SINGAPORE: The government should consider developing globally competitive companies and introducing broad-based support for small- and medium-sized enterprises (SMEs).
These are the two key ideas the SME Committee (SMEC) hopes the government will implement for the upcoming Budget 2017, the committee announced at a press conference on Wednesday (Jan 4).
The SMEC, which is chaired by Crescendas Group’s chairman and CEO Lawrence Leow, with Senior Minister of State for Trade and Industry Sim Ann and Minister of State for Manpower Teo Ser Luck serving as advisors, said these recommendations were submitted to the government on Dec 30, 2016.
According to the Singapore Business Federation’s (SBF) assistant executive director Koh Tat Liang, the suggestions came amidst an uncertain global economic outlook. As reflected in a recently released national business survey, local SMEs are increasingly pessimistic about the situation.
THIRD ENGINE OF GROWTH
Under its recommendations, SMEC hopes the government will develop globally competitive companies, as Singapore’s third engine of growth apart from multi-national companies and government-linked companies.
On this point, SMEC chairman Mr Lawrence Leow said: “To achieve this, we have to transform into a creative and entrepreneurial nation that can attract foreign entrepreneurial talents and high technology enterprises to settle here, form joint ventures with local enterprises and create new businesses that will help propel our economy.”
One method to achieve this is to introduce incentive schemes to attract innovative companies to establish their regional base in Singapore, with the condition that they enter into a joint venture with local companies, said the SMEC.
It also suggested studying if setting up a private bourse for innovative companies to raise capital is feasible.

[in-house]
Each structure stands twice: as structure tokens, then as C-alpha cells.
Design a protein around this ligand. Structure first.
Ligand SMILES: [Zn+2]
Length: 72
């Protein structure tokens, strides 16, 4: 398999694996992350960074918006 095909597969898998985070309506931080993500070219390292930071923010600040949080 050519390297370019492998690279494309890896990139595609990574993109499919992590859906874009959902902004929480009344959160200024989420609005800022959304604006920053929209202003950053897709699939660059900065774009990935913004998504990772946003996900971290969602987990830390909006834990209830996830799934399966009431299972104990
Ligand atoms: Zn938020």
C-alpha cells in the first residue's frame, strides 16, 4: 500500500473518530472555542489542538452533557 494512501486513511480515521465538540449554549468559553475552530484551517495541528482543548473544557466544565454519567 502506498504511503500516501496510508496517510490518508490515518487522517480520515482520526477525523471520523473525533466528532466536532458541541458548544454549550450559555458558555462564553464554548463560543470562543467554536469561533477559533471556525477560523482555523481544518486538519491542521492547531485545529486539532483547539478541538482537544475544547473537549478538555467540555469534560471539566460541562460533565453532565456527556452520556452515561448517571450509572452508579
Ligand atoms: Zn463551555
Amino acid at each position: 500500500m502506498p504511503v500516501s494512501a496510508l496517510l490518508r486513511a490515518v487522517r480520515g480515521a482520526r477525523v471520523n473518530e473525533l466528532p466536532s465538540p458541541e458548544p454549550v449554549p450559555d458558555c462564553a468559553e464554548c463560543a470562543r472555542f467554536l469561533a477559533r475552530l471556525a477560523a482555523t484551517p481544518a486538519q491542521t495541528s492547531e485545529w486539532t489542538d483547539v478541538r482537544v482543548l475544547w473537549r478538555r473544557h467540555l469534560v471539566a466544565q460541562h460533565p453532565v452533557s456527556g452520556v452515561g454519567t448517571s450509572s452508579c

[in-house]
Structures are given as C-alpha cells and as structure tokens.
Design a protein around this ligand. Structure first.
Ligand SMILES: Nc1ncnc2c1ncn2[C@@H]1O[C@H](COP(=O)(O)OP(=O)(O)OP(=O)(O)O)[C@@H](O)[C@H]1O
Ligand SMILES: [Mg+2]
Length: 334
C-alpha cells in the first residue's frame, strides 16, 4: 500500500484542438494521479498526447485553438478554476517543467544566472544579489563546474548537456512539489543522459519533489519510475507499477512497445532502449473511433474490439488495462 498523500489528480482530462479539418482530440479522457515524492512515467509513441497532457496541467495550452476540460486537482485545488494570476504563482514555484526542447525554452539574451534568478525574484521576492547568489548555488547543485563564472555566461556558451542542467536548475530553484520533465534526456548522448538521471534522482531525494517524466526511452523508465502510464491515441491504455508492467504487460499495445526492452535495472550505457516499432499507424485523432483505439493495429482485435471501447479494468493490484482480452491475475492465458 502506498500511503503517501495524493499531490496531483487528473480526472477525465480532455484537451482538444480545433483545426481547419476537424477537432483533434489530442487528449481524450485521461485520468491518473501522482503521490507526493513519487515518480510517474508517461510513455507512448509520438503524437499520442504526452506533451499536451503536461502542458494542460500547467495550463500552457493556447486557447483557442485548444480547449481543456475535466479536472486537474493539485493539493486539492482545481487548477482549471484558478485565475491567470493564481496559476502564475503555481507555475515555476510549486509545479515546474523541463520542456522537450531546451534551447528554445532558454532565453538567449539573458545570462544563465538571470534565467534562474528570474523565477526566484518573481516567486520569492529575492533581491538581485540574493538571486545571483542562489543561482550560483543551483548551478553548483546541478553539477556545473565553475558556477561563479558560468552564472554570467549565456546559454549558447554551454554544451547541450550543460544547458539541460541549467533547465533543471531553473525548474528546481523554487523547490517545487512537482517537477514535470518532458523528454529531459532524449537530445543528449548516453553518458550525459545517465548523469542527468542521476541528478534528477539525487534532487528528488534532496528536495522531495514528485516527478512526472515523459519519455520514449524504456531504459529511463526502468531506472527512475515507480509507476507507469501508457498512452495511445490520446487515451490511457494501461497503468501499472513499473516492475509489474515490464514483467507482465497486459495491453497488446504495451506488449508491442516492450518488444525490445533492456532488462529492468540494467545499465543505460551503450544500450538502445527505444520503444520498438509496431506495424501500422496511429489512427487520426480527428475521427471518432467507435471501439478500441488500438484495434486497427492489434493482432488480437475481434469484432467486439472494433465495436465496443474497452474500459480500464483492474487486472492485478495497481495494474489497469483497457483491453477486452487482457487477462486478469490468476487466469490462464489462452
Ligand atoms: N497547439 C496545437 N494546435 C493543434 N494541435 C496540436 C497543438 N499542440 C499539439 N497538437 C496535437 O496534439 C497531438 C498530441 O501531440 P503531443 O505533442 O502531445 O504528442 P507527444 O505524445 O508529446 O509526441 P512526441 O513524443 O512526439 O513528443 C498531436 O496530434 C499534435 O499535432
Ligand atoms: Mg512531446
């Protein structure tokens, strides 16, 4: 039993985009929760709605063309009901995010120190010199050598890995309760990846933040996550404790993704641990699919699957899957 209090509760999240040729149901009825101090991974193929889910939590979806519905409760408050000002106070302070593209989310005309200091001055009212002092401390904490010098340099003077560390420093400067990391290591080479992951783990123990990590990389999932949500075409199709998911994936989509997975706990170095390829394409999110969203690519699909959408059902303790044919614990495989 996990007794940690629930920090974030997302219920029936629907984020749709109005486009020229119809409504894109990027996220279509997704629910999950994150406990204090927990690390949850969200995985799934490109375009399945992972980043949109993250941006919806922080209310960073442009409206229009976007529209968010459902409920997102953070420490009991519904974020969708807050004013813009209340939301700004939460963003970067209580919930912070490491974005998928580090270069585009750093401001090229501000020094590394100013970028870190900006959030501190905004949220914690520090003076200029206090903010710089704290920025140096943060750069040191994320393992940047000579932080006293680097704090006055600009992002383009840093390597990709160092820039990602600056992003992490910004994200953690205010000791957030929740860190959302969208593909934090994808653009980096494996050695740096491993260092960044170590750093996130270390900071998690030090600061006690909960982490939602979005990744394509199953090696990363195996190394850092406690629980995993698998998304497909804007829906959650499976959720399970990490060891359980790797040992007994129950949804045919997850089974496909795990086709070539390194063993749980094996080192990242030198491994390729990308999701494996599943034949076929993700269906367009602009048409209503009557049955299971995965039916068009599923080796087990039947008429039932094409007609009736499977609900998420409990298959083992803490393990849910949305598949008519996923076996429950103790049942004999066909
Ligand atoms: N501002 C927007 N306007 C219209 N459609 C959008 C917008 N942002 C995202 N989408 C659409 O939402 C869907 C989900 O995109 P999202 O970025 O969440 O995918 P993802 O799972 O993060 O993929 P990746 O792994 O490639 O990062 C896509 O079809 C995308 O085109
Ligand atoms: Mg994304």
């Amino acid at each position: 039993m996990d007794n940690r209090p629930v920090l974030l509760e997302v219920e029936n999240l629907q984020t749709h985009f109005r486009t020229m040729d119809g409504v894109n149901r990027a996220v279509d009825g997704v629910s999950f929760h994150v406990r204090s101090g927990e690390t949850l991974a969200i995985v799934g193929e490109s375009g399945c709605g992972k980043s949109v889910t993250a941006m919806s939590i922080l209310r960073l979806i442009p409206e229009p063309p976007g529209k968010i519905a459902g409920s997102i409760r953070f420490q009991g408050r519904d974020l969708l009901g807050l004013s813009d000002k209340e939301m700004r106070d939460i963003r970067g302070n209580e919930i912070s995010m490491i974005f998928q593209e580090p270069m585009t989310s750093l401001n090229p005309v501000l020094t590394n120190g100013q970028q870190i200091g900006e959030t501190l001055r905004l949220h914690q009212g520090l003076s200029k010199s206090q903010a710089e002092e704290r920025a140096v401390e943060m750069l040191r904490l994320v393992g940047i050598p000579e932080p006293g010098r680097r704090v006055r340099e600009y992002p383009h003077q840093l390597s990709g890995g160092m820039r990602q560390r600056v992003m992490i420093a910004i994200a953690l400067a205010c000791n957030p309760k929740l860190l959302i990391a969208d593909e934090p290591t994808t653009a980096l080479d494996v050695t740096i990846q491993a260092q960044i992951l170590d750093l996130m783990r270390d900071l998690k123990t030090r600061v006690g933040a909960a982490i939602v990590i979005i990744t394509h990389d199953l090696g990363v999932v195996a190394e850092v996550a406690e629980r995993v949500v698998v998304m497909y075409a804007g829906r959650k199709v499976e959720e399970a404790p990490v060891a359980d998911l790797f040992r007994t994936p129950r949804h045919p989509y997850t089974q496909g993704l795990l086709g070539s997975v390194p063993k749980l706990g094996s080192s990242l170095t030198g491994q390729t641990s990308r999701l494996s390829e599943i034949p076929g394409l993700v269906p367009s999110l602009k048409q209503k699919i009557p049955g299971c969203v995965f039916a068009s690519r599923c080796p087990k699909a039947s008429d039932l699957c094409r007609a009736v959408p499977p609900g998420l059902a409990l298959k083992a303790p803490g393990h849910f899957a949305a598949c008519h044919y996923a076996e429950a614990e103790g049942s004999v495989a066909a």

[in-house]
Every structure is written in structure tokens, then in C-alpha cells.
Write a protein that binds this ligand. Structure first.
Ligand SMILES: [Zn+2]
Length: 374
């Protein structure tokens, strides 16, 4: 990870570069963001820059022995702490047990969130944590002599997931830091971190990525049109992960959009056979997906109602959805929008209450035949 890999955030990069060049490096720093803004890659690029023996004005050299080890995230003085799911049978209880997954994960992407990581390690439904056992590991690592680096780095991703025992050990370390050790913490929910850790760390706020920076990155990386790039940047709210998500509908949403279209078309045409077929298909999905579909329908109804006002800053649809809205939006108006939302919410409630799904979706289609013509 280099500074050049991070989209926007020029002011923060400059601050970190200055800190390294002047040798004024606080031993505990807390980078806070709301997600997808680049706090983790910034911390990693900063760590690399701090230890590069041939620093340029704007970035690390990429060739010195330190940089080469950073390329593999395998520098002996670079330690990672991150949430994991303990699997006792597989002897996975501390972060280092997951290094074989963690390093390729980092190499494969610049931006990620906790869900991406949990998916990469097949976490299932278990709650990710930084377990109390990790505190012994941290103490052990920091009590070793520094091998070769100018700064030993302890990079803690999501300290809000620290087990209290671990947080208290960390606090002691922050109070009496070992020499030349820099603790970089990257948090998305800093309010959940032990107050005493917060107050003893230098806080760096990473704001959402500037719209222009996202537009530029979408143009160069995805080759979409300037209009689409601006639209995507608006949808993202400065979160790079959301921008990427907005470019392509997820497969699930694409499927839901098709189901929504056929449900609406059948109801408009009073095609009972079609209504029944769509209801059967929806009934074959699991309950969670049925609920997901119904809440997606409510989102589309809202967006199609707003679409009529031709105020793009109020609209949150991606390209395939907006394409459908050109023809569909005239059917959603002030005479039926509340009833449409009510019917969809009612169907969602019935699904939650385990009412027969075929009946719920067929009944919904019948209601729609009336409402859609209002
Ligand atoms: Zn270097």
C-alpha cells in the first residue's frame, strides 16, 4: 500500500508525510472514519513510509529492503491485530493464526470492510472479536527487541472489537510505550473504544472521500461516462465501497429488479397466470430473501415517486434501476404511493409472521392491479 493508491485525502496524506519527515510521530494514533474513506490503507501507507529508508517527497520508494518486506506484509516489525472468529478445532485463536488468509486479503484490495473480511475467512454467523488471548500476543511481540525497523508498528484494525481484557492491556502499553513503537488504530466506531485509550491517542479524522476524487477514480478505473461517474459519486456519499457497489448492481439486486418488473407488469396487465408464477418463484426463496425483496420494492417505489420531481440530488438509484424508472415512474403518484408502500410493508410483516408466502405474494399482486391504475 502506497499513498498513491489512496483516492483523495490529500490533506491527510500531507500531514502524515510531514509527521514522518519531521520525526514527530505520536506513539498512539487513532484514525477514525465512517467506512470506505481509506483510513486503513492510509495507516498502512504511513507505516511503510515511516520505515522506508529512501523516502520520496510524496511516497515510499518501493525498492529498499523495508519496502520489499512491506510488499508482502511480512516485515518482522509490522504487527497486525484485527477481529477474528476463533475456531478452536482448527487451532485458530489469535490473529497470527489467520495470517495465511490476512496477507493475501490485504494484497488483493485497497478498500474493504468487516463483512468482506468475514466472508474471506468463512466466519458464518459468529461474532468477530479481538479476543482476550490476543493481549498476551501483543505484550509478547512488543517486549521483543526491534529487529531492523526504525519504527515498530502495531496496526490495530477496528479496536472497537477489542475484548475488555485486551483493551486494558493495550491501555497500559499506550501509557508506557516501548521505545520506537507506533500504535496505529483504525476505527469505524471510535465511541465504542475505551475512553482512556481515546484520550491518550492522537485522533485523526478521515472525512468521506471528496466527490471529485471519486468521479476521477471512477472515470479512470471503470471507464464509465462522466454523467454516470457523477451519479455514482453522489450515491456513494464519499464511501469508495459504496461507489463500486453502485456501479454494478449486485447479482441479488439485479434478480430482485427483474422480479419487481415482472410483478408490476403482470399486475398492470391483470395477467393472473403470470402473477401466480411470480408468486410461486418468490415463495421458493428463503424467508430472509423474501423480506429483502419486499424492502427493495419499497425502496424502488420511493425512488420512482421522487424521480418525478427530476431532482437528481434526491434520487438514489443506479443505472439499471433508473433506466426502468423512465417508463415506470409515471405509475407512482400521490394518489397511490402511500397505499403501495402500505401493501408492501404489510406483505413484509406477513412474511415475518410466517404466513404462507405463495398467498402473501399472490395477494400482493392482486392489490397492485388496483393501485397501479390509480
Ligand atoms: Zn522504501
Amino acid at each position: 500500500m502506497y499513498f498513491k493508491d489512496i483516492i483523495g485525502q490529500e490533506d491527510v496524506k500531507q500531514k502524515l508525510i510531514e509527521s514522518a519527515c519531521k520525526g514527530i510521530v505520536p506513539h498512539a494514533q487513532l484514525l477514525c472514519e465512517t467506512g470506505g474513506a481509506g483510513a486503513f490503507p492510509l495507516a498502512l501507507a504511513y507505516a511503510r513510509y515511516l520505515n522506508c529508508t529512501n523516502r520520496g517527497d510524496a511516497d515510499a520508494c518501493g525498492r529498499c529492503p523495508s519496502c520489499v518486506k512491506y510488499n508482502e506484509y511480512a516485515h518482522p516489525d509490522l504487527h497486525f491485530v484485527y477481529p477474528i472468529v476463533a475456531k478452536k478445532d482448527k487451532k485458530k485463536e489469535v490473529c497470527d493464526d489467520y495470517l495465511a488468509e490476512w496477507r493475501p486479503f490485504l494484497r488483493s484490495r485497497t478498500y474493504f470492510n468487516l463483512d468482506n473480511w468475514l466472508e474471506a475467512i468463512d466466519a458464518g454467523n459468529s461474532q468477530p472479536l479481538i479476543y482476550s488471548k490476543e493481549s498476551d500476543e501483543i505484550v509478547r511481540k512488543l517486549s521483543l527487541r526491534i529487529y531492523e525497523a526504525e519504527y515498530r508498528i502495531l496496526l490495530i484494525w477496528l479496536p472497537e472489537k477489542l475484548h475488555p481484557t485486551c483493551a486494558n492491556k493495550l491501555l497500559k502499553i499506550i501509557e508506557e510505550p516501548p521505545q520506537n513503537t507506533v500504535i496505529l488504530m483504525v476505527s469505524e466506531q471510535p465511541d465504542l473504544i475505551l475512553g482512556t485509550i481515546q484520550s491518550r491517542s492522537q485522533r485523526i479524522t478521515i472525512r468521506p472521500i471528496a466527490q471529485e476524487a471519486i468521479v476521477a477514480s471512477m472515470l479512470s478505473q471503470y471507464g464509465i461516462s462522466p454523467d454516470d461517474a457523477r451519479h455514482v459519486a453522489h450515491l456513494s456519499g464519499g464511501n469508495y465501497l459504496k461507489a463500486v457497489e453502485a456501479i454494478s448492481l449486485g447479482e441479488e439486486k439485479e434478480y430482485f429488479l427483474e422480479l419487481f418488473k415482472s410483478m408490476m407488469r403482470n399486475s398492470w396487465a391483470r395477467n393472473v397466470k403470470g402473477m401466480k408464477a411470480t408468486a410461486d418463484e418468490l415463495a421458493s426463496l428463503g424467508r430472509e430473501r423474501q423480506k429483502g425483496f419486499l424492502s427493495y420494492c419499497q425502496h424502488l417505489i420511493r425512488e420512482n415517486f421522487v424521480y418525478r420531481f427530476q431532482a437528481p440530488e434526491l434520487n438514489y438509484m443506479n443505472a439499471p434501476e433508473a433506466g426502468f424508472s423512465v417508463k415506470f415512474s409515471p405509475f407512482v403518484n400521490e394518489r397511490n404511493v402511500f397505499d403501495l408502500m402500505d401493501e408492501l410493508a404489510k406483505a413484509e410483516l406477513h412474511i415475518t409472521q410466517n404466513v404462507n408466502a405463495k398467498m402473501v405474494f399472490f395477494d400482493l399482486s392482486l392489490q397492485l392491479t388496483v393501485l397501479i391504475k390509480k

And to address the issue of attracting talent, the committee urged the government to look into current employment regulations to take into account “entrepreneurial talents”, and introduce an “Entrepass” for entrepreneurs that enter a joint venture with qualified local enterprises.
Meanwhile, the committee also hopes more support can be given to smaller companies to help them tide over operating concerns and to seize growth opportunities.
For instance, the SMEC recommended that the government hold back any planned increase in the foreign worker levy across all sectors for 36 months.
The SMEC also hopes government landlords will provide rental rebates for all industrial, commercial and retail properties, as well as take the lead in adopting the Fair Tenancy Framework.
And to help companies with challenges in financing, the business community hopes the government will increase the working capital loan offered by SPRING Singapore beyond the current cap of S$300,000, and to also increase the risk-quantum co-shared by the government, which currently stands at 50 per cent.
On the innovation front, SMEC hopes more flexibility can be given when R&D initiatives are considered for incentives.
And to better enable SMEs to go abroad, the SMEC also recommends the enhancement of the Global Company Partnership programme, by increasing the grants awarded.
While noting that the government has put in place measures to enhance productivity growth among SMEs, the SMEC said the results have been lacklustre.
SBF’s Mr Koh said a mindset change is necessary, and must come top down.
To achieve this, the SMEC suggests that SME leaders should be included for funding support in leadership training schemes.
Both Ms Sim and Mr Teo said they welcomed the recommendations from the committee. Ms Sim said the recommendations were “well-considered” and was a “strong effort” by the committee members.
“Certainly they will serve as very useful inputs for the government, especially as we are preparing for the recommendations under the Committee on the Future Economy, as well as for the upcoming budget,” she said.
Ms Sim added that she was “encouraged” the recommendations placed an emphasis on competitiveness to set the stage, before tackling broad-based measures.
“We must not lose sight of competitiveness. I think that’s key. That’s fundamental,“ said Ms Sim.
When asked if near-term measures or long-term efforts to transform the economy were more important, Ms Sim said they were “all important priorities”.
She added that recommendations that built upon existing government policy are an affirmation that the existing suite of schemes are in the right direction.
Budget 2017 will be delivered by Finance Minister Heng Swee Keat in parliament on Feb 20.